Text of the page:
All three have garnered endorsements from mainstream Democratic groups and leaders: Dickens from the United Federation of Teachers and Rep. Adriano Espaillat of New York; Taylor from the New York City District Council of Carpenters; and Salaam was recruited to run for the seat by Keith L.T. Wright, a former Assembly member and chair of the Manhattan Democratic Party.
The Greater Harlem Coalition voted to endorse Dickens before Jordan dropped out of the race. The carpenters union said their sole objective was to defeat Jordan.
Taylor said that not all of Jordan’s supporters necessarily supported her most left-leaning stances, such as defunding the police. “I don’t think that she had cornered the market on this community,” he said in an interview.
Jordan’s victory in 2021 over the incumbent, Bill Perkins, was less a districtwide endorsement of far-left views and more the culmination of “galvanized anti-establishment” sentiment that has been building against Harlem’s once powerful but now fading political machine, said Basil Smikle, director of the Public Policy Program at Hunter College.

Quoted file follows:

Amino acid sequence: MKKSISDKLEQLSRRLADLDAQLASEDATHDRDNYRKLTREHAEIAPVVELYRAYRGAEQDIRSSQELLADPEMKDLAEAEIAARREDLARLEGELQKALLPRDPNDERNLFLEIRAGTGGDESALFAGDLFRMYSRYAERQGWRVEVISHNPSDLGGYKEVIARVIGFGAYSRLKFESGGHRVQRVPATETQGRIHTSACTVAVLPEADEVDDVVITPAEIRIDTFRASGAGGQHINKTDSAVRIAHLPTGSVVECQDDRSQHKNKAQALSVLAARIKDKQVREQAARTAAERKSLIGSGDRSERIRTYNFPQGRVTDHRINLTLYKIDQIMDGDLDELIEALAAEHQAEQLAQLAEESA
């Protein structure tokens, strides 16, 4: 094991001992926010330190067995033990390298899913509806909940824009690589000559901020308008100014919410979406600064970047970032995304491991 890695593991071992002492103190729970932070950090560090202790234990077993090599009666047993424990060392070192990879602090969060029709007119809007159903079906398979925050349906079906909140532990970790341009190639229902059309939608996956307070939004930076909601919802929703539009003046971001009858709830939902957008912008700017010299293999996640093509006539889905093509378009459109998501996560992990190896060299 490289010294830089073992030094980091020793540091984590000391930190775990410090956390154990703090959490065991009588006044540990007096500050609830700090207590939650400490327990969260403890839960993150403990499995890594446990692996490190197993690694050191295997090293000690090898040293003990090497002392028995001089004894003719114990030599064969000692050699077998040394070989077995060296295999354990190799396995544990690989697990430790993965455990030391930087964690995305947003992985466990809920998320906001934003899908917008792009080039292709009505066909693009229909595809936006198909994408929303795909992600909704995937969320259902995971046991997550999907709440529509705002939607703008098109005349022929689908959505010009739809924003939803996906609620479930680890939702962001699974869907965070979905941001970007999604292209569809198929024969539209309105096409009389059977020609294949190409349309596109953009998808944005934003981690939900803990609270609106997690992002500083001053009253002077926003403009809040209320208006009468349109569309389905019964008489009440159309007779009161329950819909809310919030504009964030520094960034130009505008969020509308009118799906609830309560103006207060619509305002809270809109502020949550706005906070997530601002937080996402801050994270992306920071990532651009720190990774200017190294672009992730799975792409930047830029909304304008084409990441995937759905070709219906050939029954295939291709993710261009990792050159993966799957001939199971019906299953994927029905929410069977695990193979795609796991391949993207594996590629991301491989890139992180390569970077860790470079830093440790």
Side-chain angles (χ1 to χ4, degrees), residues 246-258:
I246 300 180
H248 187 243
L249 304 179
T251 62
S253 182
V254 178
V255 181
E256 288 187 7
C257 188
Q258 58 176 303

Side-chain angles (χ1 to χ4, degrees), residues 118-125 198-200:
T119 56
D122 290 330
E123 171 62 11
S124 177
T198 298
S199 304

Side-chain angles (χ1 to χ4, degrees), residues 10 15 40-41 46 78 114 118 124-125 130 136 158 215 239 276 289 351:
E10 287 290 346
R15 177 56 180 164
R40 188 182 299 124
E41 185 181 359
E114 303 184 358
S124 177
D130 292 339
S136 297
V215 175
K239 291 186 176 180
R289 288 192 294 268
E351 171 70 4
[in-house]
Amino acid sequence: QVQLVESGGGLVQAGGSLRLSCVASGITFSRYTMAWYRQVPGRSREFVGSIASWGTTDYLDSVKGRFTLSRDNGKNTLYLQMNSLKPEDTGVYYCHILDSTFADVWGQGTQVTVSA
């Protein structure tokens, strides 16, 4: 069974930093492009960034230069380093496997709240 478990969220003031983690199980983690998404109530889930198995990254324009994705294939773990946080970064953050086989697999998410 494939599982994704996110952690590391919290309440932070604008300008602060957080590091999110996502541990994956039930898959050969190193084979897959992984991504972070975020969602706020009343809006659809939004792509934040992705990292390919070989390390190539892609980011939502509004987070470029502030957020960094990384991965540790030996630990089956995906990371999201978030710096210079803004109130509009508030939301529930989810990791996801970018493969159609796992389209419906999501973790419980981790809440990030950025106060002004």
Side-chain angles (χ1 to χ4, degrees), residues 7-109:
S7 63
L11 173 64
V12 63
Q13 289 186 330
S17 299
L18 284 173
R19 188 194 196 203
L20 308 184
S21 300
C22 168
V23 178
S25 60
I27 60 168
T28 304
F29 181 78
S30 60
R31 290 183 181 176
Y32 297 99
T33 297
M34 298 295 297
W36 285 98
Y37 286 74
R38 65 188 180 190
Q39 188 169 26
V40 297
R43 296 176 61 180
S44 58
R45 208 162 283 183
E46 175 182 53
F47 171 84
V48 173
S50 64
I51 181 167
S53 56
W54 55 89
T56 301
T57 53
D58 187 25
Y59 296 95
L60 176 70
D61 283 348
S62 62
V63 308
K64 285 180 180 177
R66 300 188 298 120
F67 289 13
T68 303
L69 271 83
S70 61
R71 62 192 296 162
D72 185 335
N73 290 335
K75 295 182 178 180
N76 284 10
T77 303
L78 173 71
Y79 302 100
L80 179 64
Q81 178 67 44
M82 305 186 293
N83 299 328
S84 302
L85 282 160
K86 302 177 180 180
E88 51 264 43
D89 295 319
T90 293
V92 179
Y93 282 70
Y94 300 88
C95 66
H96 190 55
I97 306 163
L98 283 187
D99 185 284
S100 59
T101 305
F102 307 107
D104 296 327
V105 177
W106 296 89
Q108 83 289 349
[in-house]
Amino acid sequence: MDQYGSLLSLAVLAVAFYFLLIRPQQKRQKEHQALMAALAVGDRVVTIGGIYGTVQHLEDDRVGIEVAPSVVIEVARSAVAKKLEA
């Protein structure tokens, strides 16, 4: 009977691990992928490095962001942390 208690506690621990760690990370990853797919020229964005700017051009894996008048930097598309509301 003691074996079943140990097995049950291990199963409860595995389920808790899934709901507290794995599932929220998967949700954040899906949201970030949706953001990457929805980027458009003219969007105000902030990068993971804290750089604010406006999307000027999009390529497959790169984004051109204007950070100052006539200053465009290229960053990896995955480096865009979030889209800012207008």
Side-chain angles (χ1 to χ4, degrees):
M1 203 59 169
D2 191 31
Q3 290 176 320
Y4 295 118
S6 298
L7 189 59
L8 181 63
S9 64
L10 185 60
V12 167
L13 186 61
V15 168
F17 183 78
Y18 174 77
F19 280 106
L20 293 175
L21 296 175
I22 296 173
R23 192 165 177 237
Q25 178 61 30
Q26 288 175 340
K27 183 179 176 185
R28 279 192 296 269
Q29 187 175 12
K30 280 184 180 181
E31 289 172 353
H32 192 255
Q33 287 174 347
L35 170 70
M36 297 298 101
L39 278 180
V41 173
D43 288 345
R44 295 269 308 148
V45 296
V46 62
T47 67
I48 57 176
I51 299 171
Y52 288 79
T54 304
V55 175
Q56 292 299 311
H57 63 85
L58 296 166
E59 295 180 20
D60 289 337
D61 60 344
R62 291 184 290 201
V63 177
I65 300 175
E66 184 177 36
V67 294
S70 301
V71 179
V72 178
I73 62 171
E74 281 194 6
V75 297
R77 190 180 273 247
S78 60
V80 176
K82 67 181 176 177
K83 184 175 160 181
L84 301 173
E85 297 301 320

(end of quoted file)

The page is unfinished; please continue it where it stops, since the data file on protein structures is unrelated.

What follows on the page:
“There is an interest in finding an alternative and setting a new course,” Smikle said.
Jordan, whose name will still be on the ballot, may have been her own worst enemy. She was criticized for using City Council funds to promote her campaign. Her far-left stances on policing, housing development and the war in Ukraine drew backlash from colleagues and voters. She missed nearly half of her committee meetings, city records show.
Jordan declined to comment. But Charles Barron, a left-leaning council member who represents East New York and is one of Jordan’s few allies on the City Council, said her leftist positions irritated mainstream Democratic leadership and their financial backers who “prefer establishment-type elected officials as opposed to independent, strong, Black radicals like she was.”
The remaining three candidates did not greatly differentiate themselves during a forum at the National Action Network in Harlem earlier this month and at a debate Tuesday night on NY1.
They are all in favor of the development of housing at 145th Street and Lenox Avenue, a proposal that Jordan initially rejected because it was not affordable enough. The candidates said they were not in favor of the city’s use of stop-and-frisk tactics, which a federal monitor recently said were being used in a discriminatory manner.
When it comes to the influx of migrants seeking asylum, Dickens, Taylor and Salaam said they support New York City’s status as a sanctuary city but questioned whether the billions of dollars being spent to house and feed migrants should also be available to New Yorkers experiencing homelessness.
None want Jordan’s endorsement.